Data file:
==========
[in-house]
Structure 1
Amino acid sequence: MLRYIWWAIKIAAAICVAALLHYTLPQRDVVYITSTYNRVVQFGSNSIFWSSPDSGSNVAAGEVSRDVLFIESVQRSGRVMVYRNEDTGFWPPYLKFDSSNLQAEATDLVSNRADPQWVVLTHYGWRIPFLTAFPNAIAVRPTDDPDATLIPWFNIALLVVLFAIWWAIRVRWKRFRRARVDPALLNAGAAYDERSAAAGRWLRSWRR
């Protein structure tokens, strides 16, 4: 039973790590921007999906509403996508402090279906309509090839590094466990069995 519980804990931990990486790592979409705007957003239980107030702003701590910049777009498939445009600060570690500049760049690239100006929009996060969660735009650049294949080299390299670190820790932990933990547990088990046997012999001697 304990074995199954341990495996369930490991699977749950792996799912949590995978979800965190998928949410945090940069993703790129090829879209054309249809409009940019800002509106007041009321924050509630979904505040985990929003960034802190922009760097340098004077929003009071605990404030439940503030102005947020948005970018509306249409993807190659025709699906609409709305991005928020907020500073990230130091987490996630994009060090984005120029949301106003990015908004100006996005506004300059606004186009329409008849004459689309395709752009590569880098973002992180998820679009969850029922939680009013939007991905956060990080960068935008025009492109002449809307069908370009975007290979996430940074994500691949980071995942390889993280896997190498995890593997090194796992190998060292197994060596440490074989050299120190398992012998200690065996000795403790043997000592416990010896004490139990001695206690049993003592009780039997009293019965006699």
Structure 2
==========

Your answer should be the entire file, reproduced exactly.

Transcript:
[in-house]
Structure 1
Amino acid sequence: MLRYIWWAIKIAAAICVAALLHYTLPQRDVVYITSTYNRVVQFGSNSIFWSSPDSGSNVAAGEVSRDVLFIESVQRSGRVMVYRNEDTGFWPPYLKFDSSNLQAEATDLVSNRADPQWVVLTHYGWRIPFLTAFPNAIAVRPTDDPDATLIPWFNIALLVVLFAIWWAIRVRWKRFRRARVDPALLNAGAAYDERSAAAGRWLRSWRR
């Protein structure tokens, strides 16, 4: 039973790590921007999906509403996508402090279906309509090839590094466990069995 519980804990931990990486790592979409705007957003239980107030702003701590910049777009498939445009600060570690500049760049690239100006929009996060969660735009650049294949080299390299670190820790932990933990547990088990046997012999001697 304990074995199954341990495996369930490991699977749950792996799912949590995978979800965190998928949410945090940069993703790129090829879209054309249809409009940019800002509106007041009321924050509630979904505040985990929003960034802190922009760097340098004077929003009071605990404030439940503030102005947020948005970018509306249409993807190659025709699906609409709305991005928020907020500073990230130091987490996630994009060090984005120029949301106003990015908004100006996005506004300059606004186009329409008849004459689309395709752009590569880098973002992180998820679009969850029922939680009013939007991905956060990080960068935008025009492109002449809307069908370009975007290979996430940074994500691949980071995942390889993280896997190498995890593997090194796992190998060292197994060596440490074989050299120190398992012998200690065996000795403790043997000592416990010896004490139990001695206690049993003592009780039997009293019965006699």
Structure 2